The independent newspaper of the University of Iowa community since 1868

The Daily Iowan

The independent newspaper of the University of Iowa community since 1868

The Daily Iowan

The independent newspaper of the University of Iowa community since 1868

The Daily Iowan

UI graduate student union continues demand to end student fees

The union gathered on the Pentacrest to call on the university to reduce fees for graduate students.
Ethan McLaughlin
A speaker addresses passing students during a COGS press conference on the University of Iowa Pentacrest on Wednesday, March 27, 2024.

The University of Iowa graduate student union Campaign to Organize Graduate Students, or COGS, continued its call for an end to student fees on Wednesday — one of the largest fundraising days on campus. 

Nearly 50 COGS members and students gathered on the Pentacrest Wednesday for a press conference in response to the university’s response that declined the union’s request to end student fees. More than 70 people gathered on March 5 when COGS delivered a petition to the president’s office, giving the university two weeks to respond as a part of its Campaign to End Fees.

The conference was held during the university’s annual One Day for Iowa event, which COGS boycotted. One Day for Iowa is a university-wide fundraiser that encourages donations to organizations and departments across campus such as Army ROTC, sports and recreation management, the Hawkeye Marching Band, and more. 

The UI responded to COGS’ request to end student fees via email on March 20, stating that mandatory student fees “are assessed based on an enrollee’s student status regardless of their employment status,” and that due to “budgetary constraints,” the university would be unable to fulfill the union’s request.

COGS is working to end all student fees for graduate workers that are due at the beginning of the semester, often before workers receive their first paycheck. According to the current bargaining agreement between the Iowa Board of Regents and COGS, the minimum salary rate for unionized graduate employees is a little over $21,300 for an appointment of two semesters for 50 percent of work, which is an academic year.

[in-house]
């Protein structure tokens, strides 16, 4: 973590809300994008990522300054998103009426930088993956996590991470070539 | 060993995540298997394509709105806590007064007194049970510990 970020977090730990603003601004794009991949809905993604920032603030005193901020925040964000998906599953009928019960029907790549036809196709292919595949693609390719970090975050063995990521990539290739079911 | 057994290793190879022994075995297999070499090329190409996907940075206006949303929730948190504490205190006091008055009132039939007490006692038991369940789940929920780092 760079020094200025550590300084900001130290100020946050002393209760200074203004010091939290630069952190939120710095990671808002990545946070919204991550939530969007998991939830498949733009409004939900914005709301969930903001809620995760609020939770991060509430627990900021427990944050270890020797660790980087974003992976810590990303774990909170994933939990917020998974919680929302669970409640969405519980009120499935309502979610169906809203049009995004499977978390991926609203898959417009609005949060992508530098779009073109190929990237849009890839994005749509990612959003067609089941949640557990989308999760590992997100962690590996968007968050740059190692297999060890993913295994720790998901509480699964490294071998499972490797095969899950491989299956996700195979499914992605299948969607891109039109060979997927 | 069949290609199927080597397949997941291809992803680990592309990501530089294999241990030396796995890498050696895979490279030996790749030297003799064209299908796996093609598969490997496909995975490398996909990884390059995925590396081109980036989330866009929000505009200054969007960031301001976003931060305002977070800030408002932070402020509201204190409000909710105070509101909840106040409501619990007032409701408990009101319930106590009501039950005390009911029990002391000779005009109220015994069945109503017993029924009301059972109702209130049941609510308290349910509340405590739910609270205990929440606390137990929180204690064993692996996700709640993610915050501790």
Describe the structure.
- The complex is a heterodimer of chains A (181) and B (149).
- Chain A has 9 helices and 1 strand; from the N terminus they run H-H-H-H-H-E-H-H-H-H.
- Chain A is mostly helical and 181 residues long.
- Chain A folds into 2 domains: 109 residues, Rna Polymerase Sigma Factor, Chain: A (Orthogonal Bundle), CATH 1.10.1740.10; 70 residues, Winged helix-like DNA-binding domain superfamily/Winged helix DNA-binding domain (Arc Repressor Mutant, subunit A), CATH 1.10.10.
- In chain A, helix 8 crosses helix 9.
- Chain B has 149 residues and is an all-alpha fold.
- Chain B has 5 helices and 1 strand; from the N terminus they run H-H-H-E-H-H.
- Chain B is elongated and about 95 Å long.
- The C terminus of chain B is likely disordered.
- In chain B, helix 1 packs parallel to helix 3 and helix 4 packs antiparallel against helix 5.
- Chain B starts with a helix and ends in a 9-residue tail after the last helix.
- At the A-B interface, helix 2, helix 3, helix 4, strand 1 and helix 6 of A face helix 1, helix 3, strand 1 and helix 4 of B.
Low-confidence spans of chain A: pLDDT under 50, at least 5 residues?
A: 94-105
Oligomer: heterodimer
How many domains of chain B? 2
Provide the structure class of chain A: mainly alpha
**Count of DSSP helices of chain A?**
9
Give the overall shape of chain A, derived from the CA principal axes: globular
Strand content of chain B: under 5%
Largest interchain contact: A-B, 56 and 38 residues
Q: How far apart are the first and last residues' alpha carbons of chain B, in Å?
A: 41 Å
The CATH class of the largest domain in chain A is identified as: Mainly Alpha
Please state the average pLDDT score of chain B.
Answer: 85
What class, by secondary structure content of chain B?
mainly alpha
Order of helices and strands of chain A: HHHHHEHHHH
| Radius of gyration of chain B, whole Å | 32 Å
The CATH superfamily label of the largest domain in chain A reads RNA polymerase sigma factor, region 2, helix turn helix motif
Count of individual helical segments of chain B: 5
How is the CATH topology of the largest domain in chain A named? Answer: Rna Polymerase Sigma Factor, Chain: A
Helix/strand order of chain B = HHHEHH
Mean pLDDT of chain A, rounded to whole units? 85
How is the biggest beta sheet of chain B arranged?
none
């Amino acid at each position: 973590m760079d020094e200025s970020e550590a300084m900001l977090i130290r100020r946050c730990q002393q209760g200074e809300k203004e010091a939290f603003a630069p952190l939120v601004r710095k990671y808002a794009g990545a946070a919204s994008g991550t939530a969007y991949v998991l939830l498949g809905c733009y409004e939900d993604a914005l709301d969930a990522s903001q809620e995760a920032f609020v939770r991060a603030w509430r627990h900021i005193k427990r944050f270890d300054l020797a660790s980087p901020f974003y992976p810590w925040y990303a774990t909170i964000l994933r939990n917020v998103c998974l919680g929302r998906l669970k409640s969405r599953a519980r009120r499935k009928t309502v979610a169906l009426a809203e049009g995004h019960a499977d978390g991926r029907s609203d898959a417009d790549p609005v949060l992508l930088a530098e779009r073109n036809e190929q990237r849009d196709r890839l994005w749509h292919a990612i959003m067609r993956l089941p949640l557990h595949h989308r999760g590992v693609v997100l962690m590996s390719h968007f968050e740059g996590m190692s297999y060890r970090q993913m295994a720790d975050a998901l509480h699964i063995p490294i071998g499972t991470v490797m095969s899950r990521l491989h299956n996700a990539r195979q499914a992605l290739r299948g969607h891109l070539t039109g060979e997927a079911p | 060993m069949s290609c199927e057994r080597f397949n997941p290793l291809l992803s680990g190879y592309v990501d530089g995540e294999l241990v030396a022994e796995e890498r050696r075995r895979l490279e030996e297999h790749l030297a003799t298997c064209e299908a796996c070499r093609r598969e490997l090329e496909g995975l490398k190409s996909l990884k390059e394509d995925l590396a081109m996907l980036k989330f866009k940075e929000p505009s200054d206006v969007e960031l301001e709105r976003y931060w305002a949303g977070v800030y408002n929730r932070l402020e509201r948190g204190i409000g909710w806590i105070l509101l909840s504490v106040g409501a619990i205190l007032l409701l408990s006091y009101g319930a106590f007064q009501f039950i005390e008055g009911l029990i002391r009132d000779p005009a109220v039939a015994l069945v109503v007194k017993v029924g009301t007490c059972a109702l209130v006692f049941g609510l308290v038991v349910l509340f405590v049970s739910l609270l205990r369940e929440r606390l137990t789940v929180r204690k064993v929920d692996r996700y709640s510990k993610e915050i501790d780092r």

The email was posted in snippets on COGS’ X, formerly known as Twitter, account.

RELATED: Graduate student union delivers petition to UI president calling for end to student fees

Graduate workers with appointments of 25 percent receive a scholarship covering 50 percent of mandatory student fees and most or all of their graduate school tuition, the UI wrote in an email to The Daily Iowan.

“These fees support a wide variety of services available to all students, including, but not limited to, library access, athletic facilities, and student health services,” the UI wrote in their response.

COGS President Hannah Zadeh said over 1,000 graduate workers have signed the “End the Fees” petition since its launch last semester. There are 6,079 total UI graduate students, according to fall 2023 enrollment

Zadeh said many graduate students on campus feel disrespected by the university’s response.

“The reason why we are calling for a boycott of donations is because graduate students are not seeing the benefit of that money,” Zadeh said.

Zadeh said graduate workers have had to drop out of graduate school because they were unable to take the financial burden.

“They came here because they wanted to study something they were really passionate about but they weren’t able to scrape by,” Zadeh said.

Emma Croushore, a UI graduate student, said many graduate workers have had to put fees on credit cards and donate plasma to afford the costs.

“I think it is ridiculous that students have to get really creative to scrape together money for fees,” Croushore said.

Croushore said she hopes people at the One Day for Iowa event are made aware of the true situation graduate student workers are facing.

At the time of publication, One Day for Iowa has raised over $1.8 million in donations.

“We form the backbone of the university and the work that goes on here,” Croushore said.

Mingcen Wei, a UI graduate student, said as an international student, he must pay all the fees domestic students pay, plus additional fees.

When Wei first arrived in the U.S. he paid $325 in additional fees, he said.

“As international students, we have to adjust to a new culture, and we have others back home depending on us,” Wei said.

Wei said the money he pays in fees could be going toward groceries, clothes, and better-quality meals.

“I only eat two meals a day to save money because our wages are so low,” Wei said.

Additionally, Wei has to park his car a mile off the university’s campus to save money on parking fees.

“It would be a lot more convenient for me if I could park on campus,” Wei said.

Editor’s note: The Daily Iowan receives support through student services fees, similar to the CAMBUS Transit System. The DI also fundraises on One Day for Iowa. 

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About the Contributor
Shreya Reddy
Shreya Reddy, News Reporter
Shreya Reddy is a freshman at the University of Iowa. Coming from a small town in Kansas, Shreya is double majoring in English and Political Science on the Pre-Law track. Before coming to the Daily Iowan, she has written for her neighborhood magazine and her schools literary magazine as well as writing an investigative journalism piece.